(Reuters) - The dismissal of Leicester City coach Claudio Ranieri has caused barely a ripple in Thailand, where even last season’s stunning Premier League title triumph for a locally-owned team failed to break traditional club loyalties.
The Italian was unceremoniously sacked on Thursday after a 2-1 loss to Sevilla in the first leg of a Champions League Round of 16 tie, and with the team hovering just a point and a place above the relegation zone after 25 matches.
On the streets of Bangkok on Friday, it proved a challenge to find anyone moved by the decision, or even a Leicester City supporter.
“I don’t think Leicester City is part of the conversation,” said 34-year-old office worker and Manchester United fan Kulthida Wattana.
“Thai people see them as an example of Thais succeeding on the world stage but in terms of football, its not really anything”.
Leicester’s odds-defying success brought plenty of interest in the home country of owner and King Power duty free magnate Vichai Srivaddhanaprabha with some Thais going as far as adopting Leicester as their ‘second team’.
However, most fans remained reluctant to give up their historic loyalties in a country where the Premier League has considerably more followers than any other foreign sport.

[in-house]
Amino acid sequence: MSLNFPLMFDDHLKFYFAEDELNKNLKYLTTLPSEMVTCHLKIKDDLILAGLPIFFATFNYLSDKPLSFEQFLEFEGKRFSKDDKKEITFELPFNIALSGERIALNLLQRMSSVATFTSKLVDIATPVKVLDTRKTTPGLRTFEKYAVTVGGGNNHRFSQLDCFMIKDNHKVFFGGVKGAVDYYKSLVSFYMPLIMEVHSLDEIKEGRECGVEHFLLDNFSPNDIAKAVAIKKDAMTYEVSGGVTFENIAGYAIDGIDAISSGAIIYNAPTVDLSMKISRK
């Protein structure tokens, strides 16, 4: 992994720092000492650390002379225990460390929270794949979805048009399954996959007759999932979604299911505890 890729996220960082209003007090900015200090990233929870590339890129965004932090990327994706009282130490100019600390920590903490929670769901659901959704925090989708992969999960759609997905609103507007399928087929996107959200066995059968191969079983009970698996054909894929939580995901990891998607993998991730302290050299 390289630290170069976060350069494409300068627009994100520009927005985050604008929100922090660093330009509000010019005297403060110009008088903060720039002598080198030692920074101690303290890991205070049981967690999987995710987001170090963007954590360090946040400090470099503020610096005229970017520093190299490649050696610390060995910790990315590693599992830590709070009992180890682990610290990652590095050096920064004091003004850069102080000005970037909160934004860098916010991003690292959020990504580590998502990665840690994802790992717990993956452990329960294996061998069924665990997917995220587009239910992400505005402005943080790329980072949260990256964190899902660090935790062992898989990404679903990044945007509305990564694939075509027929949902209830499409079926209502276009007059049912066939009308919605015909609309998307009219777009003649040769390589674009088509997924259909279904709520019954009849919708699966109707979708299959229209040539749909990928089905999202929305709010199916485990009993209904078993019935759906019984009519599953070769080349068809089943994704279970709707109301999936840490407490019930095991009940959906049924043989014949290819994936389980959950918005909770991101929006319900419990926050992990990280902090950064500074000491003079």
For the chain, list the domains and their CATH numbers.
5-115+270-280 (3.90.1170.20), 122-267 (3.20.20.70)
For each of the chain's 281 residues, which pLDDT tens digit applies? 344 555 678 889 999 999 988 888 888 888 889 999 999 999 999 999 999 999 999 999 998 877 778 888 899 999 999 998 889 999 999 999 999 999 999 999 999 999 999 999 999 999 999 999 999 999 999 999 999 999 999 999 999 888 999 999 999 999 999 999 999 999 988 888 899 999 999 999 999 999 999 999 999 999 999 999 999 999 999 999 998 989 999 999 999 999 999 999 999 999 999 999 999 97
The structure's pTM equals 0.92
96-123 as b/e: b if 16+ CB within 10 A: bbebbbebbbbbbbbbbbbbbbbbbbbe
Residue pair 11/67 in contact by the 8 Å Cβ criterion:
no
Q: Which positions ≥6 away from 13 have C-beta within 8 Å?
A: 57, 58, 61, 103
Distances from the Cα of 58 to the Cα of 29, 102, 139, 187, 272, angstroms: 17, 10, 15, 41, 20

“Most Thai people support either Manchester United or Liverpool,” said Adisorn Pheungya, a columnist and sports TV presenter in Thailand.
“Leicester only came into the conversation after King Power bought them. They boomed again last year when they achieved success but now that they are struggling, no one is talking about them anymore.”
News of Raineri’s sacking made it to local news bulletins, but generally took second billing to a police standoff at a Buddhist temple.
One Leicester supporter and fan club member whose loyalties date back to before the recent success, said the Thai owners had acted disgracefully.
“I understand that their money led to promotion and the Premier League title but without Ranieri we would be nowhere either,” 36-year-old Phet Adirekul said. “At least now maybe some of the fake fans will go and support other teams.”
Leicester branded goods are on sale at King Power’s headquarters but staff there are forbidden from speaking to the media. A shop selling Leicester City merchandise in the city centre closed last year.
“If Leicester were successful for a few years then maybe they will have more fans. If they get relegated this year then the fans will move on,” said 42-year-old Liverpool supporter Amornthep Kittiwichislip.
Leicester City’s strong links to Thailand appear set to continue despite their current struggles and the country was credited with some of last year’s league success.
There is a Buddhist shrine at the side’s King Power stadium home ground and monks bless the pitch before games.
Phra Prommangkalachan, the monk who has regularly led blessings and had forecast few problems for Leicester in the Champions League, was travelling outside Bangkok and declined to comment.
Additional reporting by Panarat Thepgumpanat; Editing by Matthew Tostevin/John O'Brien